To date, Remdesivir is the only FDA approved drug to treat the Covid-19 in United States. However, according to a new WHO study called the WHO SOLIDARITY trial of over 11,000 people from 30 countries, remdesivir fails to prevent mortalities among Covid-19 patients along with other antivirals. Study findings were published in a preprint server medRxiv on Thursday and have not yet been peer-reviewed or published in a scientific journal.
"Remdesivir, Hydroxychloroquine, Lopinavir and Interferon regimens appeared to have little or no effect on hospitalized COVID-19, as indicated by overall mortality, initiation of ventilation and duration of hospital stay." https://t.co/kmcblKyobK
— Adam Kucharski (@AdamJKucharski) October 16, 2020
Remdesivir is an inhibitor of the viral genetic material, has been reported to inhibit viral activity against other coronaviruses like SARS-CoV-1 and the Middle East respiratory syndrome (MERS-CoV), was identified early as a promising therapeutic candidate for Covid-19 because of its ability to inhibit SARS-CoV-2.
The world’s largest randomized control trial of the drug Remdesivir has now concluded that it has NO effect on COVID-19. It spanned 405 hospitals across 30 countries, and was tested on 11,266 adults. So Trump was given the drug for nothing.🙄🙄🙄https://t.co/Hqmq1IqkUy
— Ladywolf (@NorskLadyWolf) October 16, 2020
While, the drug failed to treat the hepatitis and Ebola, scientists with the help of the federal funding, scientists used this drug to treat the Covid-19 virus SARS-CoV-2. On May 1st, 2020, the drug got the FDA approval following a trial by the National Institutes of Health, which found that remdesivir modestly reduced the time to recovery in severely ill patients.
Guess what? No prevention of death from Covid-19, says study of 11,000 patients worldwide of Trumpy’s second favorite drug Remdesivir (he owned stock in its manufacturer, as well as in Regeneron) https://t.co/BvS31SQoCJ
— Keith Olbermann (@KeithOlbermann) October 16, 2020
Research findings of that study were published in The New England Journal of Medicine on October 8, 2020. In that double-blind, randomized, placebo-controlled trial of intravenous remdesivir in hospitalized Covid-19 infected adults, who had evidence of lower respiratory tract infection.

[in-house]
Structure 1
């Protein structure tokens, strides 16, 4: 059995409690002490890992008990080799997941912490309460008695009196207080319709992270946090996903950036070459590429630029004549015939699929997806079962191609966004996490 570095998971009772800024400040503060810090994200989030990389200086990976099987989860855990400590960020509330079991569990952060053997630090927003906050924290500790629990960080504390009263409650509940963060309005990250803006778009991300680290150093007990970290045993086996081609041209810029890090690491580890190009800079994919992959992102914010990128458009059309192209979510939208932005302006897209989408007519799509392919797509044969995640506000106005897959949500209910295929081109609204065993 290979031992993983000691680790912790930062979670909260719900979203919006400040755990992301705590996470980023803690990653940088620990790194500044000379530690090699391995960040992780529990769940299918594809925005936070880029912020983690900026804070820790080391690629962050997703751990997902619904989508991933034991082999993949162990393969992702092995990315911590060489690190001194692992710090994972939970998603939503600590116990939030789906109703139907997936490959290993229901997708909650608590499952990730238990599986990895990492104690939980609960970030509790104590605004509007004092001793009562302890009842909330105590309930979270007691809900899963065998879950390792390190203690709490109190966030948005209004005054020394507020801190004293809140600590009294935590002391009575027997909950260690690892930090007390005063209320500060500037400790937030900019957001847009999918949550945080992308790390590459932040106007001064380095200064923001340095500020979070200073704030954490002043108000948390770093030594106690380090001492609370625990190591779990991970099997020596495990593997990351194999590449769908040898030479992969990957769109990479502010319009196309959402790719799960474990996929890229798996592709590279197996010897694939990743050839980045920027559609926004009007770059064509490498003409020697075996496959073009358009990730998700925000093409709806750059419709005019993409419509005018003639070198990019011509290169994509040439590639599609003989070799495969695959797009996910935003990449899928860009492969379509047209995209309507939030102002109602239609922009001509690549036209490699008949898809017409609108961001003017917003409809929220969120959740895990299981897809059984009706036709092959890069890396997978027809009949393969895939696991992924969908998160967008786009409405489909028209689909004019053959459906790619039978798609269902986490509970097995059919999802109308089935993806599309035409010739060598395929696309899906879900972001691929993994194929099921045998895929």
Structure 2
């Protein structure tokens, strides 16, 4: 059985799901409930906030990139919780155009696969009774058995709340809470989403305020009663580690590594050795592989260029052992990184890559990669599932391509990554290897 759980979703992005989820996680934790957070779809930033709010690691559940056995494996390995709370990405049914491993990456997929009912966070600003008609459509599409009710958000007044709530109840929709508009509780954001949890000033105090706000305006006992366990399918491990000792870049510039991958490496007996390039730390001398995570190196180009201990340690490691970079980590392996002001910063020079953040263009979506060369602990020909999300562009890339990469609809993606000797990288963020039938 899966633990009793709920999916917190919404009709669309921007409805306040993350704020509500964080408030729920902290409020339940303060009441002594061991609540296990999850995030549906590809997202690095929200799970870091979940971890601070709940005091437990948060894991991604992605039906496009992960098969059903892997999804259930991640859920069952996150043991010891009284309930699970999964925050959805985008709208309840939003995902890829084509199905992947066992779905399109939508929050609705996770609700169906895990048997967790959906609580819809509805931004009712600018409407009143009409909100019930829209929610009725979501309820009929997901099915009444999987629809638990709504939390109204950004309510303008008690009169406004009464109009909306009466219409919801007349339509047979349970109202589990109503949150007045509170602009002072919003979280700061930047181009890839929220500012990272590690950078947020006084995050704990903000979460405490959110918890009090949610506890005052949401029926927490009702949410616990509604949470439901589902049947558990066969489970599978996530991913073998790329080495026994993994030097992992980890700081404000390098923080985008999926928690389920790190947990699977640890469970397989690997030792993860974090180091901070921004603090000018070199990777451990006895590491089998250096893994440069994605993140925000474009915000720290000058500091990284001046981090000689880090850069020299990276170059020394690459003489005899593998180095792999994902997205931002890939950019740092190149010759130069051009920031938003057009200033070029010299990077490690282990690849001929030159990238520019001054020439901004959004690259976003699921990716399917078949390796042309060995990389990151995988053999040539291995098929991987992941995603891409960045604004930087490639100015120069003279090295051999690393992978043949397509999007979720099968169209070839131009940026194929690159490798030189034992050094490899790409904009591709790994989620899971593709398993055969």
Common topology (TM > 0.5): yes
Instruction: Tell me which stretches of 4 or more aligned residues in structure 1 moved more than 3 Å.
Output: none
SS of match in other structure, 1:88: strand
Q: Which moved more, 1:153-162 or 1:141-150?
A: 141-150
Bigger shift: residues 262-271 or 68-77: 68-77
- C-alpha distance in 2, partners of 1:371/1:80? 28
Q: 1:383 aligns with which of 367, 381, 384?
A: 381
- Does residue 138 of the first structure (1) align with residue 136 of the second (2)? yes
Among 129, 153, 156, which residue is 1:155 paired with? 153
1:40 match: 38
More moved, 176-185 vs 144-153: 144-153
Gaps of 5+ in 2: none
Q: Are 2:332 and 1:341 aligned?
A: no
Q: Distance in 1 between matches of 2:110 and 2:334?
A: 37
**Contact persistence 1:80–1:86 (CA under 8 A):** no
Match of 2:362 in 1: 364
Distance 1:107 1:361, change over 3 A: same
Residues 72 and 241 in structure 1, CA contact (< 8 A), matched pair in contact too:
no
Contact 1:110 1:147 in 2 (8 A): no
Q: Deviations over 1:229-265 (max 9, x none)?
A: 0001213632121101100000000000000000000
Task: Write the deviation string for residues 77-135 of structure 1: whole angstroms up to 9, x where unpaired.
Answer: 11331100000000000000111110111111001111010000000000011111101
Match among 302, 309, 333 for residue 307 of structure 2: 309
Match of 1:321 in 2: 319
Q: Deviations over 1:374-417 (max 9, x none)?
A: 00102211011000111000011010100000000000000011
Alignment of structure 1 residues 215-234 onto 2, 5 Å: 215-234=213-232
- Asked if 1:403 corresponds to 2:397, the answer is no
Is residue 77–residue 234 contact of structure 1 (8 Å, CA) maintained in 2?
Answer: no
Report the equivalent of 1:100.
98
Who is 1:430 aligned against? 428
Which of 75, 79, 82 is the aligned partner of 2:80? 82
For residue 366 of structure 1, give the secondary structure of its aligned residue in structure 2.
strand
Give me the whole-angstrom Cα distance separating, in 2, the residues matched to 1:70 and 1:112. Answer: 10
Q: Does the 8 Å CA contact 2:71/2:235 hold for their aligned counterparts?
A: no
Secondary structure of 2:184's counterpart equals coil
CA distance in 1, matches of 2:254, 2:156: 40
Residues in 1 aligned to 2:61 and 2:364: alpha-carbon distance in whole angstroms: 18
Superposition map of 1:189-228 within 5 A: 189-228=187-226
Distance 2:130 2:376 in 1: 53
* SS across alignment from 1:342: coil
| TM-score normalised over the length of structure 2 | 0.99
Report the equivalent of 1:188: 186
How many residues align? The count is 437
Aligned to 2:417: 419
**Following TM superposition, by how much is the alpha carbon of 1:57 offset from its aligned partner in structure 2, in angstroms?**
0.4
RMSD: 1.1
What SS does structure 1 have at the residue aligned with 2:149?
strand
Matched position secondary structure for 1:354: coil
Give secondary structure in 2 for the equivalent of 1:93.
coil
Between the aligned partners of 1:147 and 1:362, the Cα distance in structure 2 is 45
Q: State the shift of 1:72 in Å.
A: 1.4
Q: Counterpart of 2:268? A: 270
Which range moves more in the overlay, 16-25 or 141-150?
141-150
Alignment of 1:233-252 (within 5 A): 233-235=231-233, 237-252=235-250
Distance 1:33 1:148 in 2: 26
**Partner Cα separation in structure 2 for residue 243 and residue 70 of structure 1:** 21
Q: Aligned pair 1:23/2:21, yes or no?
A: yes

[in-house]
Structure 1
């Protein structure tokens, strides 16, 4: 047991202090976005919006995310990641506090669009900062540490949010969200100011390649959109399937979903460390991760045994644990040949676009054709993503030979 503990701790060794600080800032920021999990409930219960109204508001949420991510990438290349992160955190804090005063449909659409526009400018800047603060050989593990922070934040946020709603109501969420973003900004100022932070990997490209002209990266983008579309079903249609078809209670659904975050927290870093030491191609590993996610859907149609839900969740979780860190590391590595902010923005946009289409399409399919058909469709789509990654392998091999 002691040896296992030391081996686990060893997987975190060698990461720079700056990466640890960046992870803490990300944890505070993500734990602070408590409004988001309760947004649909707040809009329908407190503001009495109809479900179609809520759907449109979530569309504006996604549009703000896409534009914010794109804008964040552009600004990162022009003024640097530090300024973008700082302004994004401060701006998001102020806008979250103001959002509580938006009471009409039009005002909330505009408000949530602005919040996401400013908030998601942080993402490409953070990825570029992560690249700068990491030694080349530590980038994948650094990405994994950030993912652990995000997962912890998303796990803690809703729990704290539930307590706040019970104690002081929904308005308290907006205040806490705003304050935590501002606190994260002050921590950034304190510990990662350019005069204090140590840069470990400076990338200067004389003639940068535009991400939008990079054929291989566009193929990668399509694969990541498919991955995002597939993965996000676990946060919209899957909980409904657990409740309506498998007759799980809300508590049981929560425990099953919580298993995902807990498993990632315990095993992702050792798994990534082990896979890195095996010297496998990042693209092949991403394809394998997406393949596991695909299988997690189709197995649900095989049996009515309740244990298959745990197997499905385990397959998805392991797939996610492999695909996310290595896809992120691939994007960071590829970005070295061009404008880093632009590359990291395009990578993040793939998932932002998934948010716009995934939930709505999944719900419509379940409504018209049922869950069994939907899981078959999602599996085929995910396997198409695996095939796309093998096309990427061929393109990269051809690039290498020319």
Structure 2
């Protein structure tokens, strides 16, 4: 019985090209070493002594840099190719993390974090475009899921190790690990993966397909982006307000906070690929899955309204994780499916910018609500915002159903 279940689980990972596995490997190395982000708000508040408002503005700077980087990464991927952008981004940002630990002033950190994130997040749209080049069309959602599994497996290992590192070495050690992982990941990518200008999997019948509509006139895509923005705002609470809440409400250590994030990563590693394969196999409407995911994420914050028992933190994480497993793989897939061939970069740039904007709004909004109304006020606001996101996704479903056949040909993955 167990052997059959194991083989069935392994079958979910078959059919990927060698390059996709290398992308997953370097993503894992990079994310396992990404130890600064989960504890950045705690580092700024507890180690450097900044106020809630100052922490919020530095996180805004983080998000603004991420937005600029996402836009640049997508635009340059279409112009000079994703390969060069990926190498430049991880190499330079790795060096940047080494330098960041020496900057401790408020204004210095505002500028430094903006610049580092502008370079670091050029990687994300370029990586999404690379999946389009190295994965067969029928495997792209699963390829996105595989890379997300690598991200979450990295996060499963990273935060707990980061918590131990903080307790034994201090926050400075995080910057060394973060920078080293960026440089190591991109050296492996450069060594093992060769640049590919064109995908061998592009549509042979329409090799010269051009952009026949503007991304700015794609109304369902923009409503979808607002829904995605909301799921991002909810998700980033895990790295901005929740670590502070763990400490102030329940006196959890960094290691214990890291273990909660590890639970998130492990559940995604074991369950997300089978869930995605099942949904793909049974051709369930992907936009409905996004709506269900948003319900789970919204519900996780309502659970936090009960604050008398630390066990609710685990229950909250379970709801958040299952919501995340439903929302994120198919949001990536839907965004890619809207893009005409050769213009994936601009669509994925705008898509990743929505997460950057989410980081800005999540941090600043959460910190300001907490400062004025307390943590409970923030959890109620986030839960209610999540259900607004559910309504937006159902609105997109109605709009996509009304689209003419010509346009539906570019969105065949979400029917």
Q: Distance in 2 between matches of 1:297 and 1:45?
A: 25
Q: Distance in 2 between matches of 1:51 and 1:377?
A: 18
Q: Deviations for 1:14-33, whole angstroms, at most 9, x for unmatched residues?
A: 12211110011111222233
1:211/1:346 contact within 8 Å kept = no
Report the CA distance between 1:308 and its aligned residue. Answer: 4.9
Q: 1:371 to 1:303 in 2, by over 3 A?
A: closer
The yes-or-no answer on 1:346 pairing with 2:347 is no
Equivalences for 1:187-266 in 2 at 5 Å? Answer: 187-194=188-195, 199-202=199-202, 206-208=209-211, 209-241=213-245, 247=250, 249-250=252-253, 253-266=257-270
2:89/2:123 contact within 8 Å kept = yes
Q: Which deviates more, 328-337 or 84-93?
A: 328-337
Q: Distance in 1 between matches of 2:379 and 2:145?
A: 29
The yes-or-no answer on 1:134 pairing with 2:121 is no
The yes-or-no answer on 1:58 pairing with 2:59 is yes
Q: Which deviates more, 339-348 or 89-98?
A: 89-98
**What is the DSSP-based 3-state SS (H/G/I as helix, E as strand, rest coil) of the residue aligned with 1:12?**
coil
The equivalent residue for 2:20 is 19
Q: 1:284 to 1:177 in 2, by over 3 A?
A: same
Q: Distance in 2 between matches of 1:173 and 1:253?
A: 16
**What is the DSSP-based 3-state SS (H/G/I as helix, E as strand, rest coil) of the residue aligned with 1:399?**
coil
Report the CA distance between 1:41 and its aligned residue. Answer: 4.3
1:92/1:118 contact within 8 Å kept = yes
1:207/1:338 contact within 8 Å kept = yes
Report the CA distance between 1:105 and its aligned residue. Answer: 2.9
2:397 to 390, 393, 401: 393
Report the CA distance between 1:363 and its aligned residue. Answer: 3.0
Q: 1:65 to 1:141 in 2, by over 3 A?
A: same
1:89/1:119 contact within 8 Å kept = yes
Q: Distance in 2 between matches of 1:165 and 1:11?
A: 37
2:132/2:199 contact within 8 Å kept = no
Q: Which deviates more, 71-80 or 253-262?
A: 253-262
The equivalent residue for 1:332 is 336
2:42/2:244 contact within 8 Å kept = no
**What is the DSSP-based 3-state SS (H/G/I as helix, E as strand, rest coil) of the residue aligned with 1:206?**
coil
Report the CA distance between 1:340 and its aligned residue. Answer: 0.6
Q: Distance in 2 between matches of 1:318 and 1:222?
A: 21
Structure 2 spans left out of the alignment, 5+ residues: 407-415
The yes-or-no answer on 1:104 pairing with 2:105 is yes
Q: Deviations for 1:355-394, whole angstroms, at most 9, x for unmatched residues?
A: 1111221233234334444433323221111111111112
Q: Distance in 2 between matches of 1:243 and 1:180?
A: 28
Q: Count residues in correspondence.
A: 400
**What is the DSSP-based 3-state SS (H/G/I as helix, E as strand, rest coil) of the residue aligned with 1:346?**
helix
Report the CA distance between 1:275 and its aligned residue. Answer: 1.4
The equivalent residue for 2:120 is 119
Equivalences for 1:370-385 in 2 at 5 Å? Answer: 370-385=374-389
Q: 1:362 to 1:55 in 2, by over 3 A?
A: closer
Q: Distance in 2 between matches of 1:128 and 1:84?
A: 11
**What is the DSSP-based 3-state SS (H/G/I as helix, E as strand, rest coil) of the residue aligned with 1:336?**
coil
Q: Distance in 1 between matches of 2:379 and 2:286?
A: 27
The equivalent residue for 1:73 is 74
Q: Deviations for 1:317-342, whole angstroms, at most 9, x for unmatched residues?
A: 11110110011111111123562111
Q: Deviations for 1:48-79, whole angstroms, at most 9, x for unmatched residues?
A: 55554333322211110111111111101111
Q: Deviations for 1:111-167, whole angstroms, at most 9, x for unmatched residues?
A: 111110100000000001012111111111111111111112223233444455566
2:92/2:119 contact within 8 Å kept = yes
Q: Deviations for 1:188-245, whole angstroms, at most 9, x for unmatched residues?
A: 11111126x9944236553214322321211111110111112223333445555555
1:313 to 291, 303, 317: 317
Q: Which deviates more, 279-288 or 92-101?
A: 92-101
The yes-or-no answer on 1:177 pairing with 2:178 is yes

A total of 1062 patients were randomly assigned to receive either remdesivir or placebo for up to 10 days, 541 assigned to remdesivir and 521 to placebo. Results showed that those who received remdesivir had a median recovery time of 10 days relative to 15 days among those who received placebo. Furthermore, patients who took remdesivir, were found to be more likely to have clinical improvement at day 15 than those who had placebo.
Moreover, the Kaplan–Meier estimates of mortality were 6.7% with remdesivir and 11.9% with placebo by day 15 and 11.4% with remdesivir and 15.2% with placebo by day 29. Additionally, study reported that adverse events in 131 of the 532 patients who received remdesivir (24.6%) and in 163 of the 516 patients who received placebo (31.6%).
That study itself did not reported the effect of remdesivir on the mortality rates significantly, let alone reported the effect on the recovery rate and hospital stays. However, in the W.H.O.’s study, called the Solidarity trial, over 11,300 adults with Covid-19 in 405 hospitals in 30 countries were enrolled. The patients were treated with four antiviral drugs named for four drugs either singly or in combination: remdesivir, hydroxychloroquine, lopinavir, interferon or interferon + lopinavir.
.@SavannahGuthrie: "How severe were your symptoms, and in particular did you have pneumonia?"
— NBC News (@NBCNews) October 16, 2020
Nearly 4,100 were not given any drug. Study reported that no drug or combination drug used had any significant impact on reducing the mortality, thereby speculating the need for mechanical ventilation despite the drug treatment. The study showed no profound effect reported on time spent in the hospital relative to the patients without drug treatment.
“The remdesivir findings aren’t terribly surprising based on previous findings, but they are “still impactful,” especially given the dizzying size of the Solidarity trial, said Dr. Maricar Malinis, an infectious disease physician at Yale University.